Bacterial Identification

Gram, Acid Fast and Endospore stains; MacConkey’s, Mannitol Salt, and Blood Agar media as well as the API-20 test strip all provide information to identify microbes.

Most of these are procedures taught in introductory microbiology courses, and are useful in sorting bacteria into broad categories rather than identifying bacteria to the species level.

* Differential Stains *

Differential bacterial stains are the application of a series of dyes that result in some organisms turning one color while other physically or chemically distinct bacteria retain a contrasting color. Gram stain, Acid Fast-stain and Endospore stain are differential staining procedures used to classify bacteria into general groups.

Gram stain distinguishes Gram+ from Gram bacteria based on differences in bacterial cell wall structure. The Acid-fast stain protocol helps differentiate bacteria that have a waxy cell wall from those that do not. The Endospore stain procedure is useful in determining whether or not the bacteria in question produces tough, dormant spores.

* Differential & Selective Media *

Media is an agar-based substance used to grow bacteria in the laboratory environment. Some types of agar will grow just about anything, whereas others are differential or selective media.

Selective media excludes some types of bacteria, whereas differential media allows for a color change that reveals bacteria that have specific metabolic capabilities. MacConkey’s Agar (MAC) grows only Gram-negative bacteria and contains a differential pH indicator that changes the color of bacteria that can ferment the sugar lactose.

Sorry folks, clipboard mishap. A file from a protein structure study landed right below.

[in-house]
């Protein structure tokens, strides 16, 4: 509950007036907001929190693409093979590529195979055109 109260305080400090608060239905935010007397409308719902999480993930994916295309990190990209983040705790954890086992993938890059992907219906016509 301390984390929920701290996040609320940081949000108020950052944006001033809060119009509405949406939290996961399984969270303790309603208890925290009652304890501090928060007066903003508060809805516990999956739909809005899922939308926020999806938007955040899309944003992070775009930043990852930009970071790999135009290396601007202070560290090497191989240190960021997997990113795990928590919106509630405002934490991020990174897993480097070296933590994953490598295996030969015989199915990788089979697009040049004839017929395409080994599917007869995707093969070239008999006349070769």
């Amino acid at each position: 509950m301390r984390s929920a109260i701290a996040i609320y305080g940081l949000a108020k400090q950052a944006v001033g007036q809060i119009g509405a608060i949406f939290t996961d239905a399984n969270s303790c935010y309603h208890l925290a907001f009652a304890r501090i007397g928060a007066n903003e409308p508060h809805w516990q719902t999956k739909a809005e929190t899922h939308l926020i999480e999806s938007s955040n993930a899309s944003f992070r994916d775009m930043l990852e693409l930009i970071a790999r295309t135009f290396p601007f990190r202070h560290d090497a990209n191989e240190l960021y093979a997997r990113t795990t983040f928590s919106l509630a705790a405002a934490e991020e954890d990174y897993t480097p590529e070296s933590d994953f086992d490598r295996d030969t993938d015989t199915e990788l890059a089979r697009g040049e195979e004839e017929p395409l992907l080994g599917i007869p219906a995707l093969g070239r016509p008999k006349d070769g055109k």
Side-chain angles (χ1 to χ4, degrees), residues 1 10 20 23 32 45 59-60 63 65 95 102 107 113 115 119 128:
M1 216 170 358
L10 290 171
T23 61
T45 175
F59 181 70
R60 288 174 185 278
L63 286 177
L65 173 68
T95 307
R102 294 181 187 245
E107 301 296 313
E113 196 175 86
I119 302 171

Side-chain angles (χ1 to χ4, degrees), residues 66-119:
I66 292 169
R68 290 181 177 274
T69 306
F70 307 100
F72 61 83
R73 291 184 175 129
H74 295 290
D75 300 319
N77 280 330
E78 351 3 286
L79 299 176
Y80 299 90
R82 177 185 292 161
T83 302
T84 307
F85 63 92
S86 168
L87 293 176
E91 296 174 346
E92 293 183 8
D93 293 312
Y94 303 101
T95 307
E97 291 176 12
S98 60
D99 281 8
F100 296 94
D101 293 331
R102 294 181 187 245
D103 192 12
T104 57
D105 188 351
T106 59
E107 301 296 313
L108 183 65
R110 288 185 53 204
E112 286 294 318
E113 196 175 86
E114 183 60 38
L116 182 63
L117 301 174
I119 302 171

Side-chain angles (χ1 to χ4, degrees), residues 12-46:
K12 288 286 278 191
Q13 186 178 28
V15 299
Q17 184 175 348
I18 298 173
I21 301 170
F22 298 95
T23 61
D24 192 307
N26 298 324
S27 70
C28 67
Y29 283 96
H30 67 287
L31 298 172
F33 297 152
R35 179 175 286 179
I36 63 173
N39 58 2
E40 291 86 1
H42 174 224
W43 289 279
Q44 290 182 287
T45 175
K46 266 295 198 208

Mannitol Salt (MSA) is a medium with high sodium chloride (NaCl) content, selective for halophile (salt-loving) bacteria. Mannitol salt also has a pH indicator that changes color when there are bacteria present that can ferment mannitol, a sugar alcohol also known as a polyol. Pathogenic Staphylococcus aureus grows well on this medium and produces the color change of a mannitol fermenter.

Blood Agar (BAP) is nutrient-rich and will grow many different types of bacteria, but the presence of sheep’s blood in the agar allows for a differential distinction between organisms possessing hemolytic enzymes that can cut up red blood cells. This medium is used to test for beta-hemolytic bacteria, like the pathogenic Streptococcus pyogenes. S. pyogenes completely destroys the red blood cells in BAP, resulting in clear halos around its bacterial colonies and, if obtained from a throat culture, a diagnosis of strep throat.

* API-20E *

The API-20E test strip, a very specific means of bacterial identification, is a collection of mini test tubes, each with a reagent that test for a different aspect of bacterial metabolism. After incubation with an unknown Gram-negative bacterium, the interpretation of positive and negative tests allows for identification to the species level.

* Sources *

Schauer Cynthia (2007) Lab Manual to Microbiology for the Health Sciences, Kalamazoo Valley Community College.

Bauman, R. (2005) Microbiology. Pearson Benjamin Cummings.